- by David Clark

Municipal budgets come with really big numbers attached for various projects and operational costs. For most of us it is very hard to comprehend big numbers, like $55,000,000, which is the Owen Sound budget for 2022.

Always the impact of the budget is presented as how much of a tax increase (or if we are really, really lucky, a decrease!) will it have on a home with the “average” assessed value.  Let’s look at this big number in a slightly different way.

    What if we look at it as a “per-person” cost: How much money will the city council spend “per-person” on your behalf? Of course, the city is not spending money directly on each person, but presenting it as a per-person cost allows us to determine, for our self, our perceived value of the benefit of such spending.

    The following table illustrates this approach, for one, two, and four people.


The budget is funded from a number of “pots of money”, including use of reserve funds (20% for capital), federal and provincial transfer funds (7% for operational; 49% for capital), user fees (17%), and property taxes (76% for operational; 20% for capital). Keep in mind that all these monies are from taxpayers. Reserve funds are funds collected in previous years which are committed to future projects and other uses.

The budget is used for road work, covering the cost of lost development charges (subsidizing property developers), parks and playgrounds, snow plowing, tree grates for downtown, water and sewage treatment, library and art gallery, councillors’ pay, training and conferences, benches and waste cans in parks, computer and technology upgrades, fire and police, grants for business owners to enhance their store front, and a lot of other things.

The following graph illustrates the forgoing table graphically, and for the past twelve years. I included a separate calculation for those aged 20-years and older as this is the age range that are likely paying property taxes directly (own a home) or slightly less directly as a portion of rent paid to a landlord (renters). Keep in mind that every renter contributes to property taxes, as do those in various care homes, and tourists renting a motel/hotel room, for example. Every property pays property tax. It is included in every “bottom line” of every business and in our personal home-cost budgets.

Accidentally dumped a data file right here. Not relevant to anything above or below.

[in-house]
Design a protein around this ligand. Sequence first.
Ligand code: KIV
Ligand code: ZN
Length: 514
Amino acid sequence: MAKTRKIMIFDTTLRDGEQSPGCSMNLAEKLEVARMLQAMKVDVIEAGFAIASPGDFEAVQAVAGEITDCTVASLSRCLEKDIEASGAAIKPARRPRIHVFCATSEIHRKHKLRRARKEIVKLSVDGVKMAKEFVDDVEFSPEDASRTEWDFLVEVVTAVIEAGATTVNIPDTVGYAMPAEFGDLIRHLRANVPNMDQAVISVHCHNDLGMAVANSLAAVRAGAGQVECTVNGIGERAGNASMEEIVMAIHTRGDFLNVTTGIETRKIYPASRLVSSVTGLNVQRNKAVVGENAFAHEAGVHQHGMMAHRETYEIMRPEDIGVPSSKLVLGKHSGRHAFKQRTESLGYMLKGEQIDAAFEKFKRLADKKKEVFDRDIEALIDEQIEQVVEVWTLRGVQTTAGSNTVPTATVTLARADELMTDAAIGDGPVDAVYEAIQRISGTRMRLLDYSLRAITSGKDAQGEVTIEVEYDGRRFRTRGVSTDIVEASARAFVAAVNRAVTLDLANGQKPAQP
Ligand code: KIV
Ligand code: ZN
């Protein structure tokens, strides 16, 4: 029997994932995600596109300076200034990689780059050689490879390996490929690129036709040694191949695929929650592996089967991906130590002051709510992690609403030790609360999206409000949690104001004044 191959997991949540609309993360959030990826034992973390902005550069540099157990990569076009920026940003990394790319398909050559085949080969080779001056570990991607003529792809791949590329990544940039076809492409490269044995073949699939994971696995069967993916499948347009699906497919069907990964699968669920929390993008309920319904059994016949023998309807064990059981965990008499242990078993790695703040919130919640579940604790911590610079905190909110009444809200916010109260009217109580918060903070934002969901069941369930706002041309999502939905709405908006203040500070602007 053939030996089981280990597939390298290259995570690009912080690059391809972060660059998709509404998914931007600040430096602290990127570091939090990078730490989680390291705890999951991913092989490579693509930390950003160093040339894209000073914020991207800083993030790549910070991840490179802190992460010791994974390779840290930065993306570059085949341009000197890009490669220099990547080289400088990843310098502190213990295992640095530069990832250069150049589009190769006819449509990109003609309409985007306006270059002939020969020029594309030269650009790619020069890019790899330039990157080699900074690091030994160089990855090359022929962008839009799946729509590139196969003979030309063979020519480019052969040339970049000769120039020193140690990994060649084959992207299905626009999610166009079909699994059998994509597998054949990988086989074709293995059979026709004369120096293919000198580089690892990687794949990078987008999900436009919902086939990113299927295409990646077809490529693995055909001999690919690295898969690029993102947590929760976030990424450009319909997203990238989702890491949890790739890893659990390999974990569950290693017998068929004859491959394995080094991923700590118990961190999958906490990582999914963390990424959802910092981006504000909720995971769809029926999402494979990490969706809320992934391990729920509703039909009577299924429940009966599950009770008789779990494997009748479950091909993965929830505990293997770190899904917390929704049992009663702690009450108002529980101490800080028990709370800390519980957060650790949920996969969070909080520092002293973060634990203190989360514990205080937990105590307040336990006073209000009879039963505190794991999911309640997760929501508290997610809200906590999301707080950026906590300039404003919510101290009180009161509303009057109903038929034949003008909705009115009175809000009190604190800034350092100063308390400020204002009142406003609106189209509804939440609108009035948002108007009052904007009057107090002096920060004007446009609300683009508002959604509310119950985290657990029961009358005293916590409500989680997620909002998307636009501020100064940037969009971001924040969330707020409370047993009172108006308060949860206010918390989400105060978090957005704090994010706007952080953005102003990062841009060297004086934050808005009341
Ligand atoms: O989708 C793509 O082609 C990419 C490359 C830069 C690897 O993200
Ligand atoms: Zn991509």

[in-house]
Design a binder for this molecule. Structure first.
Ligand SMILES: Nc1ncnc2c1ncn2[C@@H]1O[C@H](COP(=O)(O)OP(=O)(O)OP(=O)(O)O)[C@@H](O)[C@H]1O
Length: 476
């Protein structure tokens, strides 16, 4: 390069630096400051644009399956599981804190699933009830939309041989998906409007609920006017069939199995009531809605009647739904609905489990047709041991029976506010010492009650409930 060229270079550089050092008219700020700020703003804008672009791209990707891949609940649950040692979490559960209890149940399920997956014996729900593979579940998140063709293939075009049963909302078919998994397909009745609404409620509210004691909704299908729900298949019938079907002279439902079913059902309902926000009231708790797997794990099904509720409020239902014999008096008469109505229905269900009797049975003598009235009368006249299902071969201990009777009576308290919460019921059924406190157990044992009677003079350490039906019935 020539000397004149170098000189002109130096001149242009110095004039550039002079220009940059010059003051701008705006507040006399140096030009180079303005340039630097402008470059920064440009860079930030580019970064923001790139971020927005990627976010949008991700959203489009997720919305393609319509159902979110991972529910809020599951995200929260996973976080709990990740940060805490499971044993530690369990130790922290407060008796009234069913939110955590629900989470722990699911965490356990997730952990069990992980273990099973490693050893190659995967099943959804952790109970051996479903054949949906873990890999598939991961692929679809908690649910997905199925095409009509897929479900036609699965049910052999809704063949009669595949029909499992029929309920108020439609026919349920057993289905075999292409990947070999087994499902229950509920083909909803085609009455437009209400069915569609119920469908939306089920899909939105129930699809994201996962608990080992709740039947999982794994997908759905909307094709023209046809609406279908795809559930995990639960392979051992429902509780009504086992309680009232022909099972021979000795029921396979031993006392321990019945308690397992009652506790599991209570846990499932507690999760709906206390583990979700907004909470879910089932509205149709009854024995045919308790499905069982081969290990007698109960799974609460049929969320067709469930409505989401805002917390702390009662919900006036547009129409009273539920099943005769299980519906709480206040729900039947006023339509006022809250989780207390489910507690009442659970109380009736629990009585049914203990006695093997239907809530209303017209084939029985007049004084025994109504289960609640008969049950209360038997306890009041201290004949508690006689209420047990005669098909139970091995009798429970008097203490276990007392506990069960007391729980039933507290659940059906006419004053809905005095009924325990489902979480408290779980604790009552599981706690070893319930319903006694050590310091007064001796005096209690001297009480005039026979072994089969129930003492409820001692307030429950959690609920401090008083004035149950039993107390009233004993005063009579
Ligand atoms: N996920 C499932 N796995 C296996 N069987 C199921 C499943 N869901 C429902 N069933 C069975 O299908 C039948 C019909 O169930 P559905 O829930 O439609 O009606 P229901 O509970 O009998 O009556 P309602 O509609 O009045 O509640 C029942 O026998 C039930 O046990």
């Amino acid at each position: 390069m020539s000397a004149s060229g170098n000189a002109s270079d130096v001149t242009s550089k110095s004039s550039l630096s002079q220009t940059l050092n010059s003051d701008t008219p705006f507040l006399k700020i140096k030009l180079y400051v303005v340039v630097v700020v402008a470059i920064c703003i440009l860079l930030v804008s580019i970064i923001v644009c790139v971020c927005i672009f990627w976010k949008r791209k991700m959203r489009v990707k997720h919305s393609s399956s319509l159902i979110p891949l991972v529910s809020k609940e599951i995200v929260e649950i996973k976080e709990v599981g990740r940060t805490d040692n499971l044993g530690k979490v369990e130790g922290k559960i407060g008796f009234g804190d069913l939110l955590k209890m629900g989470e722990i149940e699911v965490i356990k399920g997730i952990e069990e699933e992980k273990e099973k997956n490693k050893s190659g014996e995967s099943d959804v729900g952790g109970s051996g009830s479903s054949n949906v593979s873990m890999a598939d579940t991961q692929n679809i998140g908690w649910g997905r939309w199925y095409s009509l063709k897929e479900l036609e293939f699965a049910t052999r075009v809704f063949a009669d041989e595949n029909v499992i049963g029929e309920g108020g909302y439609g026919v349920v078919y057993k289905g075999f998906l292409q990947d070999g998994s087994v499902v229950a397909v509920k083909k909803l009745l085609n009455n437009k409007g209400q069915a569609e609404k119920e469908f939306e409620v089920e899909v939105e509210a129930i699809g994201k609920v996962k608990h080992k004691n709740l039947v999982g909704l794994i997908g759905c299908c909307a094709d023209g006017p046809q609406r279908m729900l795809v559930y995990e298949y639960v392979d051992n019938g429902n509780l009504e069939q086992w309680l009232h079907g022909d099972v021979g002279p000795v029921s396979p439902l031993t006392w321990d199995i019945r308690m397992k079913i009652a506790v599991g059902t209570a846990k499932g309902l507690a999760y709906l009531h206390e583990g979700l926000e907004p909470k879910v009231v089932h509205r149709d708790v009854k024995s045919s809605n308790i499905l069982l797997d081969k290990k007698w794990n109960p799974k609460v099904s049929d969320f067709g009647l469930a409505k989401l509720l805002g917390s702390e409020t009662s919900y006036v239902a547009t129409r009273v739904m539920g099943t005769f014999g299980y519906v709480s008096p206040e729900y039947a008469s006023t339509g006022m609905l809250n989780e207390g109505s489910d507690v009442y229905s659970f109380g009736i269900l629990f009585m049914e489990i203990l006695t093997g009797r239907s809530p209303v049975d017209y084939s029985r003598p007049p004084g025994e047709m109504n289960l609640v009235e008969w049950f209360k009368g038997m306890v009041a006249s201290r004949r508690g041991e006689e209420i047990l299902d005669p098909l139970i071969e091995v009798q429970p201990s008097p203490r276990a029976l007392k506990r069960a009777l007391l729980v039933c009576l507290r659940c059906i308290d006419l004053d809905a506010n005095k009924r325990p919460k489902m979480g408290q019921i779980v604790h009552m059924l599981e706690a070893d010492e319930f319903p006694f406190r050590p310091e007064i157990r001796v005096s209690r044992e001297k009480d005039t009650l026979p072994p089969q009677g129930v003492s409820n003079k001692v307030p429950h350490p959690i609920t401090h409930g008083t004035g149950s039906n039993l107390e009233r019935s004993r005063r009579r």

The following table provides a comparison to several communities; one similar in size to Owen Sound, and two larger, and based on (actual) total population.


Budgeting Priorities

Council’s approval of the budget included a ranking of various projects to identify which projects have more importance, impact, and immediacy. This is a good strategy. I have no doubts that the budgeting process is a significant challenge. There is a section of the budget document (posted on the city’s website) that ranks and lists various capital projects.

One might wonder if there is a correlation between the budget amount and its ranking. In other words, does a higher budgeted item/project dictate if it gets a high or low ranking? Or vice versa?

The statistical correlation test indicates there is a moderately-strong relationship (r=0.56; p=0.001) between higher costed projects and higher-ranked ones, but it does not tell us why. Maybe higher-cost projects are more important. Or maybe the higher budgeted amount (unconsciously) influences the ranking.

You be the judge. Below are two tables listing capital projects by ranking and by budgeted cost. There is a total of ninety-eight projects listed, of which three had no numerical ranking. For those three I guessed at a “priority score” based on their “priority level” (e.g., high low moderate) and as other priority scores matched to priority level. I list only the top and bottom twenty projects.

These projects total to $40,103,200. Some are scheduled to be done over a number of years. For details visit the city’s website and view the budget document.

budgetlowestpriority budgethighestranked





David Clark is an Independent Researcher, Member of the Canadian Economics Association